Should I put my photo on my resume? Our advice – no!

By Robert Half 10 August 2018

"Should I put my photo on my resume?"

Along with details such as your nationality, marital status, political or religious beliefs; photos should not be added to your resume.

When it comes to your resume, always consider whether the information you’re adding is relevant or beneficial to your job application.

A resume should address your experience and skills in an articulate, concise and professional manner, so it's about knowing what to include in a resume that is of added value. For this reason, it's recommended to avoid adding a photo to your resume.

"Should I put my photo on my resume?" Here's why you shouldn't

For any candidate asking themselves, "Should I put my photo on my resume?", there are two critical factors to consider:

It’s unnecessary

One of the hardest things about writing a CV is ensuring you fit all your relevant skills, qualifications and experience within two-four pages (maximum).

Why take up room with a photo that is irrelevant to your job application (unless of course you’re a model or an actor)? Knowing what you look like will contribute little to a hiring manager assessing your ability to deliver on daily tasks, manage projects, or deal with challenges in the workplace.

Use the space on your resume to sell yourself and your abilities, rather than your appearance. Recruiters will always remove any headshots added to a resume before it is put forward for any jobs with clients.

It can be used to discriminate

Whether it’s deliberate or not, a photo on your resume could result in discrimination on the basis of race, age, gender or other factors.

Your resume is a tool to help you secure a job interview – don’t give a potential employer any reason to ignore your skills and experience by focusing on your appearance.

When a professional photo is appropriate

When it comes to adding photos, it's more appropriate to include a professional portrait on your LinkedIn profile. On social media, a photo can help paint a broader picture of who you are as an individual, while in the context of other functions of social media.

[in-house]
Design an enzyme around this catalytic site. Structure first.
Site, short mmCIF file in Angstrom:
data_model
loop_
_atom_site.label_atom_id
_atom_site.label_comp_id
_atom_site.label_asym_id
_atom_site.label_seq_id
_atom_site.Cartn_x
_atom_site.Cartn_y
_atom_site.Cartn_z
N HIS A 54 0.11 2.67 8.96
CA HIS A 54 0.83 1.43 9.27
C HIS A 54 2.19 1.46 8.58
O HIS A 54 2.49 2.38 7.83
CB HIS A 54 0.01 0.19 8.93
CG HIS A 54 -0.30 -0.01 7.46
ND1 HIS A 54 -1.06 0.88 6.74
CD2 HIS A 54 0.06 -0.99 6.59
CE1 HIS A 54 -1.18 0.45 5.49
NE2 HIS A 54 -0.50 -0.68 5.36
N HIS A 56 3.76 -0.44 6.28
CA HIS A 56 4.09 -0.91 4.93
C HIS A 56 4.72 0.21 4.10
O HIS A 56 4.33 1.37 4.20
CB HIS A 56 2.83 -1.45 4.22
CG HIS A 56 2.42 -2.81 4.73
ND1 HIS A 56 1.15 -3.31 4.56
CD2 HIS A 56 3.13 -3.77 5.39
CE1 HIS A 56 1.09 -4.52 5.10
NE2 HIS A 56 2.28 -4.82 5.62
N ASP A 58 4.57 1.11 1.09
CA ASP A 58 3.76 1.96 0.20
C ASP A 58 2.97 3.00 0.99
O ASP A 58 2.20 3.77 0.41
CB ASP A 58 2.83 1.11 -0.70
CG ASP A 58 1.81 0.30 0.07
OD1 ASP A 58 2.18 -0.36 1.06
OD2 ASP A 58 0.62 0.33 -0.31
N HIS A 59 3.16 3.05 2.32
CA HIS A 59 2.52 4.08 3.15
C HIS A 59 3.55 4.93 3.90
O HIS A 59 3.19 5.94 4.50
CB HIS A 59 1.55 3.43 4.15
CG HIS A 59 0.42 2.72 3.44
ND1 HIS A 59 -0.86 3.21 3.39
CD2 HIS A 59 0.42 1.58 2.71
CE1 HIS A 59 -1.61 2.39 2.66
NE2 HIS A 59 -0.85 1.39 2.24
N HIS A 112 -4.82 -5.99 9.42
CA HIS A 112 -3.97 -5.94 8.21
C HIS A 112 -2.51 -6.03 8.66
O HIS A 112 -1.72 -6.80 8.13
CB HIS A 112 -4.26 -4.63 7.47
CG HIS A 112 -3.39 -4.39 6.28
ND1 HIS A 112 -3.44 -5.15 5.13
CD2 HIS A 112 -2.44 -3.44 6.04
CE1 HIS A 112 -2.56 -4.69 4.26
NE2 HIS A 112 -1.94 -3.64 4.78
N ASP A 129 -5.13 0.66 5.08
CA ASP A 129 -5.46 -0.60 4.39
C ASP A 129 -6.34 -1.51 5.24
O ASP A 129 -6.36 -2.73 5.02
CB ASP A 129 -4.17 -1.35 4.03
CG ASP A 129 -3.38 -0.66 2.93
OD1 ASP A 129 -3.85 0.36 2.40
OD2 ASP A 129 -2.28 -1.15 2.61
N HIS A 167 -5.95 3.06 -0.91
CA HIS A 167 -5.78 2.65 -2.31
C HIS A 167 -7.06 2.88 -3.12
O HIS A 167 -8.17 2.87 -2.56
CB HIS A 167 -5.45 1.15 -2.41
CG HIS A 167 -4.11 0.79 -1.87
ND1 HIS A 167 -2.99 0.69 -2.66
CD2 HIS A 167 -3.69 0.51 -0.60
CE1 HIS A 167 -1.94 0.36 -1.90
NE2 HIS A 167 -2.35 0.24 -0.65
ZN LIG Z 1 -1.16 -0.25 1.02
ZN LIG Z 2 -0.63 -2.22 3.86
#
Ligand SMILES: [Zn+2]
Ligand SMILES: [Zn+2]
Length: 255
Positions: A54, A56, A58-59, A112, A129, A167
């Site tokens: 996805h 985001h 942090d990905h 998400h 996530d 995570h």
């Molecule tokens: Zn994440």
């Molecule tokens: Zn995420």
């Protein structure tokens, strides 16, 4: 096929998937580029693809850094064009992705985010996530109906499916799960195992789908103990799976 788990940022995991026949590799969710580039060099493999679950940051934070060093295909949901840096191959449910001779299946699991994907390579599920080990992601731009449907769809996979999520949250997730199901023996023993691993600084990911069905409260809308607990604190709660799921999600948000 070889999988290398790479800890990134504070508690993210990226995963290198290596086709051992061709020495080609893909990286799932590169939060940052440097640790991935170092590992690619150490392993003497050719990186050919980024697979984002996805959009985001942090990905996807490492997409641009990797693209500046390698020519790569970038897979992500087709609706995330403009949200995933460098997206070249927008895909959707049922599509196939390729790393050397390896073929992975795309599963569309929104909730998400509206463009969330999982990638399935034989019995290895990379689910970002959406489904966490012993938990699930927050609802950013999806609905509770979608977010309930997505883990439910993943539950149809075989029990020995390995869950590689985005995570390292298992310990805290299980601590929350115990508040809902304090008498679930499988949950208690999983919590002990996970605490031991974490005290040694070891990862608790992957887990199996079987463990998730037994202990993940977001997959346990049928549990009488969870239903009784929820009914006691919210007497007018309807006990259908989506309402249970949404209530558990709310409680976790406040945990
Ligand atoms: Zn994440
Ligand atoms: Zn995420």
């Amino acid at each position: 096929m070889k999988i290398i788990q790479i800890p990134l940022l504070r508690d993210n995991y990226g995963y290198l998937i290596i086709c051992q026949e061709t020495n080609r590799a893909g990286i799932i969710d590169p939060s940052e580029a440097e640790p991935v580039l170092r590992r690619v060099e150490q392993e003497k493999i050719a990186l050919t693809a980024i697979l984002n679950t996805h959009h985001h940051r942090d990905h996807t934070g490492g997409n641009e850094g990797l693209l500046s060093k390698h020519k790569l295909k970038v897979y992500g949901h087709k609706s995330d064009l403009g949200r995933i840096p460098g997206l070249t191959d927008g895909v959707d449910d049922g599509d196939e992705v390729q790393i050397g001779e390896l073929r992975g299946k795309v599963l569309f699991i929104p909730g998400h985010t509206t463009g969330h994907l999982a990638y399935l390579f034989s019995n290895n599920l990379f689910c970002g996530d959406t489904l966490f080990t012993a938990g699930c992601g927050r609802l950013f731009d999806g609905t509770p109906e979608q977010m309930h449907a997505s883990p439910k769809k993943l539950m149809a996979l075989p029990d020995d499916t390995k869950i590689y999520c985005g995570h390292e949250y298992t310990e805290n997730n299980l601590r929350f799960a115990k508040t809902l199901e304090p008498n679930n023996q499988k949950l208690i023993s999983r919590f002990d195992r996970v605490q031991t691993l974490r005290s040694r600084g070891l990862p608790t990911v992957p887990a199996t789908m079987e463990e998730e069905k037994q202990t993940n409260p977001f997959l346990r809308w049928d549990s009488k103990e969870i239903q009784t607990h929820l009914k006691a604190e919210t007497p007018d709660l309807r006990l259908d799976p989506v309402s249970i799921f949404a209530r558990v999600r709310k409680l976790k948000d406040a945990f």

When choosing a professional photo for social media, consider these dos and don’ts when shortlisting potential snaps.

  • Do: Choose a professional-looking photo. Favour a front-facing headshot on a solid, light background.
  • Don’t: Use a selfie or a posed, party or group photo taken down at the pub, club or beach.
  • Do: Ensure that the photo is well shot with a high resolution and isn’t blurry or out of focus.
  • Don’t: Use an avatar, cartoon or funny photo. It’s better to go without.
  • Do: Make sure the photo fits in with, and complements, the overall impression of your career experience.
  • Don’t: Use a dated or altered photo. Choose a current one that’s true to who you are today.

Resumes should be a professional insight into what your skills and capabilities are to execute and deliver on a job. A visual representation of what you look like (whether it's available online already or not) not only adds little value to your job application, but can open doors to bias that is not appropriate or reflective of what you are truly capable of in a work environment.

Concentrate your efforts instead on writing a powerful resume (and cover letter) that speaks greater volumes about your career ambitions and why you're best suited for the job on offer.

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